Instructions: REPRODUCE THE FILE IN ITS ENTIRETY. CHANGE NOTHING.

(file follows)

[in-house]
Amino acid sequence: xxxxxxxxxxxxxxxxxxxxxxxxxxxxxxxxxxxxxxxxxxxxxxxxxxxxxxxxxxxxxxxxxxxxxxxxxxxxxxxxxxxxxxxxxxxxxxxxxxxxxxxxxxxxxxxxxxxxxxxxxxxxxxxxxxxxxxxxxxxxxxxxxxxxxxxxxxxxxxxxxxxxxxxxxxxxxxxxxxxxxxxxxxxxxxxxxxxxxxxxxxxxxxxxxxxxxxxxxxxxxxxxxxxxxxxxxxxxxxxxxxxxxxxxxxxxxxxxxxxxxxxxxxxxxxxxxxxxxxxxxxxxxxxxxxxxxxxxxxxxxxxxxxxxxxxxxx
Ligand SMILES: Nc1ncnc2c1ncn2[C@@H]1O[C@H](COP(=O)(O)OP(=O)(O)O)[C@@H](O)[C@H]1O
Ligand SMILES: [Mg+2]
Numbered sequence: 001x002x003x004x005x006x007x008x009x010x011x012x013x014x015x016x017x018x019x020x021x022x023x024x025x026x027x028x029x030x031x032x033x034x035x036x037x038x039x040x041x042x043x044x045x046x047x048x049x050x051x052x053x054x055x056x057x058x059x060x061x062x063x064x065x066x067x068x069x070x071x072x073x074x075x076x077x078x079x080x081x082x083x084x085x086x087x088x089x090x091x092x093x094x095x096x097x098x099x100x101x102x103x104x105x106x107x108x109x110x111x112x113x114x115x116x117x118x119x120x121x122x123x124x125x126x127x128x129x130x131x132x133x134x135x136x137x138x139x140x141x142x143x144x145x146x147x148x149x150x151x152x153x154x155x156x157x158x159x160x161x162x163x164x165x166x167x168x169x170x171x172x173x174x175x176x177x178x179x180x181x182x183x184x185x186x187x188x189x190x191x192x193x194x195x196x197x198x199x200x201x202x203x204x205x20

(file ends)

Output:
[in-house]
Amino acid sequence: xxxxxxxxxxxxxxxxxxxxxxxxxxxxxxxxxxxxxxxxxxxxxxxxxxxxxxxxxxxxxxxxxxxxxxxxxxxxxxxxxxxxxxxxxxxxxxxxxxxxxxxxxxxxxxxxxxxxxxxxxxxxxxxxxxxxxxxxxxxxxxxxxxxxxxxxxxxxxxxxxxxxxxxxxxxxxxxxxxxxxxxxxxxxxxxxxxxxxxxxxxxxxxxxxxxxxxxxxxxxxxxxxxxxxxxxxxxxxxxxxxxxxxxxxxxxxxxxxxxxxxxxxxxxxxxxxxxxxxxxxxxxxxxxxxxxxxxxxxxxxxxxxxxxxxxxxx
Ligand SMILES: Nc1ncnc2c1ncn2[C@@H]1O[C@H](COP(=O)(O)OP(=O)(O)O)[C@@H](O)[C@H]1O
Ligand SMILES: [Mg+2]
Numbered sequence: 001x002x003x004x005x006x007x008x009x010x011x012x013x014x015x016x017x018x019x020x021x022x023x024x025x026x027x028x029x030x031x032x033x034x035x036x037x038x039x040x041x042x043x044x045x046x047x048x049x050x051x052x053x054x055x056x057x058x059x060x061x062x063x064x065x066x067x068x069x070x071x072x073x074x075x076x077x078x079x080x081x082x083x084x085x086x087x088x089x090x091x092x093x094x095x096x097x098x099x100x101x102x103x104x105x106x107x108x109x110x111x112x113x114x115x116x117x118x119x120x121x122x123x124x125x126x127x128x129x130x131x132x133x134x135x136x137x138x139x140x141x142x143x144x145x146x147x148x149x150x151x152x153x154x155x156x157x158x159x160x161x162x163x164x165x166x167x168x169x170x171x172x173x174x175x176x177x178x179x180x181x182x183x184x185x186x187x188x189x190x191x192x193x194x195x196x197x198x199x200x201x202x203x204x205x20